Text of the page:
RYLA falls right before AP testing, making it stressful for campers who can’t catch a break over the weekend to study. However, I found that the constant action kept my mind off of my impending work, so I could enjoy and live in the moment. We also learned songs and chants like “Ain’t No Party Like a RYLA Party” to keep our energy high.

As an introvert, RYLA was challenging for me because my social battery depletes quickly. I struggled to participate later in the day, but it helped to have my team to lean on. (The first night of camp, we all sat on the floor and literally leaned against each other during the last activities because we were so tired.)

Saturday was my favorite day of camp. We did more team bonding and communication activities like the “human knot” game, rapid-fire interviews, and creating a team chant. For me, the most exciting part was Idyllwild’s ropes course.

An Idyllwild staff member directs Kim as her team pulls her up on the giant swing. (Alle Peak)

At our first station, Team Peach donned harnesses to fly like human pendulums on Idyllwild’s giant swing. This helped people conquer their fear of heights and acted as a trust exercise because you needed to trust your team to pull you up, like when rock climbing. For the “leap of faith,” we each harnessed up to climb the tall tree and jump off the platform. While these activities were meant to challenge us, campers could opt out if they felt uncomfortable.

The biggest team challenge took place that night: the scavenger hunt, which we’d unknowingly prepared for during the virtual part of camp. RYLA got a group of teenagers to practice collaboration and time management by setting us loose to run around camp and solve clues in the dark.

After the scavenger hunt came meditation in the Labyrinth. RYLA staff set up mazes on large tarps, so campers could follow the path to the center and back out. They said Labyrinth often brings up heavy reflection; many campers and staff became emotional.

I had the chance to breathe and be alone with my thoughts for the first time since arriving at camp. The night was freezing (or “minty,” as RYLA encouraged us to say because it’s more positive) but beautiful, with towering trees and bright stars visible in the inky sky. After Labyrinth, we had a bonfire with s’mores and heard inspiring speeches from former campers, now staff members. Saturday night was the longest; the bonfire didn’t finish until around 1 a.m.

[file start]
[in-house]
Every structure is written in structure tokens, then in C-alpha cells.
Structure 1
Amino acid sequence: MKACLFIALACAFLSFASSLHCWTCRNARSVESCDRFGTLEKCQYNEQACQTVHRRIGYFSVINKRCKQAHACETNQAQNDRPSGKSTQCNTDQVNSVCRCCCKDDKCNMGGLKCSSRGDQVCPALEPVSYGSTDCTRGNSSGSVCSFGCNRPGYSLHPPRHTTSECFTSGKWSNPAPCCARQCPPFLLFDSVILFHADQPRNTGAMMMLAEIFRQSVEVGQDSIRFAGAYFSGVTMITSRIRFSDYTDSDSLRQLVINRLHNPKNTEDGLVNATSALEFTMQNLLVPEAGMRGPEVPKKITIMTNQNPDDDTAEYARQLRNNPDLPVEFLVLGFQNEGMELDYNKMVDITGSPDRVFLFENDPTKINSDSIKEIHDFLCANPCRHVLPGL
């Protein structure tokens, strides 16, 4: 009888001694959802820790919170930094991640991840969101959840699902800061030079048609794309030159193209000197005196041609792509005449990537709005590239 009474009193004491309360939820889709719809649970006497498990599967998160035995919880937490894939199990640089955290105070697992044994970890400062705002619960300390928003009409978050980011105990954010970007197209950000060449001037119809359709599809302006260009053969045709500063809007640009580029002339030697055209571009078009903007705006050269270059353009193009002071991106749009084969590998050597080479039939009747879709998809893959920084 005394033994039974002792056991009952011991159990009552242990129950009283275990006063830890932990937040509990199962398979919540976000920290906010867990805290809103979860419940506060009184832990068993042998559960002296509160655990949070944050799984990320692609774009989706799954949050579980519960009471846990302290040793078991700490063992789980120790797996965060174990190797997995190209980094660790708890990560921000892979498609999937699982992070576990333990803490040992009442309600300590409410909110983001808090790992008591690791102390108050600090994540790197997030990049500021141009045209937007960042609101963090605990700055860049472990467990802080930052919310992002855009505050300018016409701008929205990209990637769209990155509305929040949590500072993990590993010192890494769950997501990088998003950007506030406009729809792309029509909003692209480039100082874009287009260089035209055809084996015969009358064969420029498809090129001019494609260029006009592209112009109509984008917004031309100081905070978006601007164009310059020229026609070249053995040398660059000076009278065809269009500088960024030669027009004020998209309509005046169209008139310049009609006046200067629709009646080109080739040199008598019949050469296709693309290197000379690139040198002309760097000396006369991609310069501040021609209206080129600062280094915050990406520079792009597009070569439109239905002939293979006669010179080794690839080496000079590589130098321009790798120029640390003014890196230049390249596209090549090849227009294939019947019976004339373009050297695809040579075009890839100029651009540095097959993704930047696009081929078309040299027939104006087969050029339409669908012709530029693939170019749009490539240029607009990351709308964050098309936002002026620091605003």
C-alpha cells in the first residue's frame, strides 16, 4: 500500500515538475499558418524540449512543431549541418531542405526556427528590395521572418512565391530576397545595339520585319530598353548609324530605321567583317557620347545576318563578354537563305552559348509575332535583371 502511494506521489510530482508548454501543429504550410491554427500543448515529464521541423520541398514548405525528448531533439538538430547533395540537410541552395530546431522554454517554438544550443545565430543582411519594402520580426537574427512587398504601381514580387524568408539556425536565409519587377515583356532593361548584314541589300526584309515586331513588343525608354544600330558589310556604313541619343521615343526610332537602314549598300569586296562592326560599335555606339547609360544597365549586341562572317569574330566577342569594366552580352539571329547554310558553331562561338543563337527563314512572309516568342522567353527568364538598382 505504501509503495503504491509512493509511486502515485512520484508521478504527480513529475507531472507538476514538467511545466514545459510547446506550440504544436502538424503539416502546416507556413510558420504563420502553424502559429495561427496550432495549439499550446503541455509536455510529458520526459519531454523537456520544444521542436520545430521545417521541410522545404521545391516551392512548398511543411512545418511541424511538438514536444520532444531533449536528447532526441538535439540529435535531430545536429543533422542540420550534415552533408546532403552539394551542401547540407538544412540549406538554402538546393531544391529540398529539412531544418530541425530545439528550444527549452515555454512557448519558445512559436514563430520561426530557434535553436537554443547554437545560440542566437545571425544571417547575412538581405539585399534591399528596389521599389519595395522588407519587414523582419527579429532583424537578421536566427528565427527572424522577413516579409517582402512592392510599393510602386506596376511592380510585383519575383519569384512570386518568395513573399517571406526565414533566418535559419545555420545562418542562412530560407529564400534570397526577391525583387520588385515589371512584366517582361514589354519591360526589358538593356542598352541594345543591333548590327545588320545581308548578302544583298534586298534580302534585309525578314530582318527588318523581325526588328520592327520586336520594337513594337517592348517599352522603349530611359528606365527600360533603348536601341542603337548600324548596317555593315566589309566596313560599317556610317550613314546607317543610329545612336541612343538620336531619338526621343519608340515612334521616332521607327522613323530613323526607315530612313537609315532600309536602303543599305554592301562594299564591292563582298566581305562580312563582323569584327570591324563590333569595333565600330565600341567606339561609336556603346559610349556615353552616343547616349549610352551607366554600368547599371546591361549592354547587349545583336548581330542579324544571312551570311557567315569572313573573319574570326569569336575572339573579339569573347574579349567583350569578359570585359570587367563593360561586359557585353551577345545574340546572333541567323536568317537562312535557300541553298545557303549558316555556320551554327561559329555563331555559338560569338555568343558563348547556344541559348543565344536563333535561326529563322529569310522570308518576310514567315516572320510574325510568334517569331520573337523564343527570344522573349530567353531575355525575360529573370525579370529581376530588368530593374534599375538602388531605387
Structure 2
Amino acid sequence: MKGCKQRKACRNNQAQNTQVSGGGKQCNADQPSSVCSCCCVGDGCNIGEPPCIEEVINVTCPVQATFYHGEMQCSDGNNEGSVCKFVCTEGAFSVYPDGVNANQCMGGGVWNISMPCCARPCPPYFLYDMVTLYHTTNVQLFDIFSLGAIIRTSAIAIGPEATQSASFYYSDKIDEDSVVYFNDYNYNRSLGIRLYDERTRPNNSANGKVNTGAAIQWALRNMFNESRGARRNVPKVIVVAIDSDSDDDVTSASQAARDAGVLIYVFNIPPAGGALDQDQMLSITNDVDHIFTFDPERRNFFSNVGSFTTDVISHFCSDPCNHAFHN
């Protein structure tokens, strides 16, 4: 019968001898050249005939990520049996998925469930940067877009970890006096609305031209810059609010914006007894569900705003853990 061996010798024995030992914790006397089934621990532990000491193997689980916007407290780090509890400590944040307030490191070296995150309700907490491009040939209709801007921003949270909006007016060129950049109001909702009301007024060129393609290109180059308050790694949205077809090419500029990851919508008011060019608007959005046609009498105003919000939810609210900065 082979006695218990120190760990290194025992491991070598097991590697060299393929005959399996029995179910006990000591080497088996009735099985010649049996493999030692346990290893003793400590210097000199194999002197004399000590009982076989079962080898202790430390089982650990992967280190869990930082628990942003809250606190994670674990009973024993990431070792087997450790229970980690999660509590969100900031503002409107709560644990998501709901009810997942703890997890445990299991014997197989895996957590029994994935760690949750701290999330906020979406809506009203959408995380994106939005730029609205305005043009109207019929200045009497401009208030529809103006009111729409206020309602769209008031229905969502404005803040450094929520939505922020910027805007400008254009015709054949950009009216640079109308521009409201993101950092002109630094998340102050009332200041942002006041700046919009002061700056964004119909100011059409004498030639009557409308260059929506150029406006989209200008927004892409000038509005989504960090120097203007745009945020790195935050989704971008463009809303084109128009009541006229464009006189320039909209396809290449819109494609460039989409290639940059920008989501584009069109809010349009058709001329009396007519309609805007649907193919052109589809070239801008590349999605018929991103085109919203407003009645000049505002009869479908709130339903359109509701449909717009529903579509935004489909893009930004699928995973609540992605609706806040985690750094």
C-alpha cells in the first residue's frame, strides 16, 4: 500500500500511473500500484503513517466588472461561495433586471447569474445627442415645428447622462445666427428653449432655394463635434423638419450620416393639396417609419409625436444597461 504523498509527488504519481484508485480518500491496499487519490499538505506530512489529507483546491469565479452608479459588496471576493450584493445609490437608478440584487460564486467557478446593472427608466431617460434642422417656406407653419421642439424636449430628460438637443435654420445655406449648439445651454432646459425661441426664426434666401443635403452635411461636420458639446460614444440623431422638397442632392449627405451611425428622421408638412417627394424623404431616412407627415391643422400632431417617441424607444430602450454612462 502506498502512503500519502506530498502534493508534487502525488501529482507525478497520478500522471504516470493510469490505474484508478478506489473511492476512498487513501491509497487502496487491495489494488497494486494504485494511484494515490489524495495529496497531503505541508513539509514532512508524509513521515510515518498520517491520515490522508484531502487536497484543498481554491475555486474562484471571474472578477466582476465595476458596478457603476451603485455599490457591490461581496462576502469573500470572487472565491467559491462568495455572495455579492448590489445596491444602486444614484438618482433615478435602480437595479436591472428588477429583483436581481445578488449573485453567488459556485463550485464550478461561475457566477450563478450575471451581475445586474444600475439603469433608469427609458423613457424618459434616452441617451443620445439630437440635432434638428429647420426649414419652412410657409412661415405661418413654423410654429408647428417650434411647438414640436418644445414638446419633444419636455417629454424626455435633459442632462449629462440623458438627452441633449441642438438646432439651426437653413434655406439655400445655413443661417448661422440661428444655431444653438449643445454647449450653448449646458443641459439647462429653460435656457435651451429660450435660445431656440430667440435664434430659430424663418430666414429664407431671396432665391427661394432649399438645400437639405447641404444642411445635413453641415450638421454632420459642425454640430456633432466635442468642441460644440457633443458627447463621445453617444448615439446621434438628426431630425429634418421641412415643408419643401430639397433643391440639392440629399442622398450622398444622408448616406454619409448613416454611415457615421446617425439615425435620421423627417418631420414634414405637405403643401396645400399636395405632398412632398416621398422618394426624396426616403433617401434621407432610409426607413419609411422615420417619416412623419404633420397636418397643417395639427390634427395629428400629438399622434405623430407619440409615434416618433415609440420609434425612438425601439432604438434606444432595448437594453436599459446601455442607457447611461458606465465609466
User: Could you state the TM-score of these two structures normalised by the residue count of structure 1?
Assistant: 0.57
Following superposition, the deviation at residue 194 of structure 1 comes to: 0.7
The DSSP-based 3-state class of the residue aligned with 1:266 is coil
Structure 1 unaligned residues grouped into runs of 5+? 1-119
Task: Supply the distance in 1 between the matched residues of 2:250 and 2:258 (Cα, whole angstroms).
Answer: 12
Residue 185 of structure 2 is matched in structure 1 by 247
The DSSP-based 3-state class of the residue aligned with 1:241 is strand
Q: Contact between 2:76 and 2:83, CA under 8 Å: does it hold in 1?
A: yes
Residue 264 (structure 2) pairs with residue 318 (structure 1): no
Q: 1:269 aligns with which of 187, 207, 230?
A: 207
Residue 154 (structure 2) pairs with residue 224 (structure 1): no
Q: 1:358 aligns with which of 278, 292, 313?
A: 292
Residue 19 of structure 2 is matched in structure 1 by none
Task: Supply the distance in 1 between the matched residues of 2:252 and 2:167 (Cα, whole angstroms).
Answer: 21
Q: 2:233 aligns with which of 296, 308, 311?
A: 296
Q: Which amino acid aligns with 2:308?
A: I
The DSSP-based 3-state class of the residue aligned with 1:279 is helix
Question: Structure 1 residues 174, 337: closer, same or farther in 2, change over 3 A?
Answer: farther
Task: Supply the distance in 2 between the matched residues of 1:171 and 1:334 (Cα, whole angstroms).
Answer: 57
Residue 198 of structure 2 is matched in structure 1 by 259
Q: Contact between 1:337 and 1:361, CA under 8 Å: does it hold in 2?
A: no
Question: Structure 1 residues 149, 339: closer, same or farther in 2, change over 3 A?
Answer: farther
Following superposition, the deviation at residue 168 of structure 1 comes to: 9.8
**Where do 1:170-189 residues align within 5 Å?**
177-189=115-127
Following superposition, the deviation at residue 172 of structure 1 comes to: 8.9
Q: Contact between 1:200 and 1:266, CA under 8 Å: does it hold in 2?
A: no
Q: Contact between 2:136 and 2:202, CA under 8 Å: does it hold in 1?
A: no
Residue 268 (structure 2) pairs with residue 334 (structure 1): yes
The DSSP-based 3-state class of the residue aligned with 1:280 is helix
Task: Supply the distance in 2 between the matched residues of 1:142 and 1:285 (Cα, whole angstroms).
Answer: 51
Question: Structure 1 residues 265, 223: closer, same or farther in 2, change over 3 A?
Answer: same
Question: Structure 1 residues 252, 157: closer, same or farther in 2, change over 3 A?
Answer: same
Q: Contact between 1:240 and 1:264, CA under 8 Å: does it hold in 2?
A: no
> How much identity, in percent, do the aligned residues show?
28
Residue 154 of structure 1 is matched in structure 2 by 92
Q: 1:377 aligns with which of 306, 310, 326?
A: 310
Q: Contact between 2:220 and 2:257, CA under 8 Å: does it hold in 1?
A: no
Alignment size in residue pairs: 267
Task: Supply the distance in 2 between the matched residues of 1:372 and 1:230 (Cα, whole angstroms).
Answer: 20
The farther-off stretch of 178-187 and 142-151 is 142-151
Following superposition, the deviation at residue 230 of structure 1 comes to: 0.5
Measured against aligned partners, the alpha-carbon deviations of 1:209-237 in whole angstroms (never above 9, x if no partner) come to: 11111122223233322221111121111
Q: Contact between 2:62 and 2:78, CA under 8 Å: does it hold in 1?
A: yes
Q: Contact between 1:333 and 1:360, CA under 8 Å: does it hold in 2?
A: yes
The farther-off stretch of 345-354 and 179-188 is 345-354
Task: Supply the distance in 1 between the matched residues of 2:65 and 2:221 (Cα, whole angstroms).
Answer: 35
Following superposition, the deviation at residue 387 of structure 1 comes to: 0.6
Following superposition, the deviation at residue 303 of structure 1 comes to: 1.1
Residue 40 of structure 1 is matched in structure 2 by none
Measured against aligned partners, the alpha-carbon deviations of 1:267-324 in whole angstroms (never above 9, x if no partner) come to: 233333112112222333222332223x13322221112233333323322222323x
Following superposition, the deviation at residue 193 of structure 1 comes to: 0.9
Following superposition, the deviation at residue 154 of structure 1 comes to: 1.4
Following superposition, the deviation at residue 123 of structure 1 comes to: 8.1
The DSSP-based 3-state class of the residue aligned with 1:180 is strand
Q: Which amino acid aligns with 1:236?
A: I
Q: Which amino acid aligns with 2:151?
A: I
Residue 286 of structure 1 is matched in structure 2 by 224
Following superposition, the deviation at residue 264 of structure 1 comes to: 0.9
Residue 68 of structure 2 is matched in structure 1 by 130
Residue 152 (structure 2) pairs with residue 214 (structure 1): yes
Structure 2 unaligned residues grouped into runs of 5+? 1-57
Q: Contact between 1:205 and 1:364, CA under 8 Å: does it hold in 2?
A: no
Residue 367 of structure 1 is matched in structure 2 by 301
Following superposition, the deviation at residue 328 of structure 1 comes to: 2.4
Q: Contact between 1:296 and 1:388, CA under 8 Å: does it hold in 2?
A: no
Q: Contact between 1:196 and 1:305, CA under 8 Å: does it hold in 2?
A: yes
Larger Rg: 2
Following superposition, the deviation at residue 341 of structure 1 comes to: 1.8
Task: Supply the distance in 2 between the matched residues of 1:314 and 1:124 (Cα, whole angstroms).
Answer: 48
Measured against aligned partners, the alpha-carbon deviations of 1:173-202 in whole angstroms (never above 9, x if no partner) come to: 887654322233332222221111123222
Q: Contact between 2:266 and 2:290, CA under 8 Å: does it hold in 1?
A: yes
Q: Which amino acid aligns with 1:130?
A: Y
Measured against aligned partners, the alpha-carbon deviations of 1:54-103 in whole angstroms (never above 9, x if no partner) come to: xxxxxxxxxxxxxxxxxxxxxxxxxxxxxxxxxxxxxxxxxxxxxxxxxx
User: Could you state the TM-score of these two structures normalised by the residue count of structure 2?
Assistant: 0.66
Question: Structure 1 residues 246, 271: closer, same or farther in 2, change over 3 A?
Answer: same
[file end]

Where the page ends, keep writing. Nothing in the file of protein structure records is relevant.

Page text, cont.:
The last day of camp was RYLA Warriors, where we participated in mock Rotary projects and group pictures. At closing ceremonies, RYLA staff announced the winner of the team challenges (Team Peach placed 12th, and we were so thrilled not to be dead last that I think we cheered as loud as the team who won first.)

Team Peach, the Peachy Pirates, strikes a silly pose for their group picture. (Helen He)

Although I already knew most of the leadership skills taught at RYLA, I discovered more about myself. My most valuable takeaways from RYLA were self-confidence and a strong relationship with my team.

When the bus returned on Sunday and Team Peach gathered for a group hug, I couldn’t believe how close we’d become just by spending three days together. Admittedly, it was three straight days isolated in the mountains with no devices and many planned bonding sessions. I might not have found best friends for life, but I did make connections with my team that I know will last.

I can’t wait for the RYLA reunion on June 10, and I hope to return next year as a Trailblazer. I strongly suggest all sophomores and juniors reach out to their school or local Rotary Club and apply for RYLA. It was a special experience that gave me new friends, community connections, and one unforgettable weekend.

This article was originally published in Spotlight Schools on May 19, 2023. Minor edits were made before publishing in the Griffin Gazette.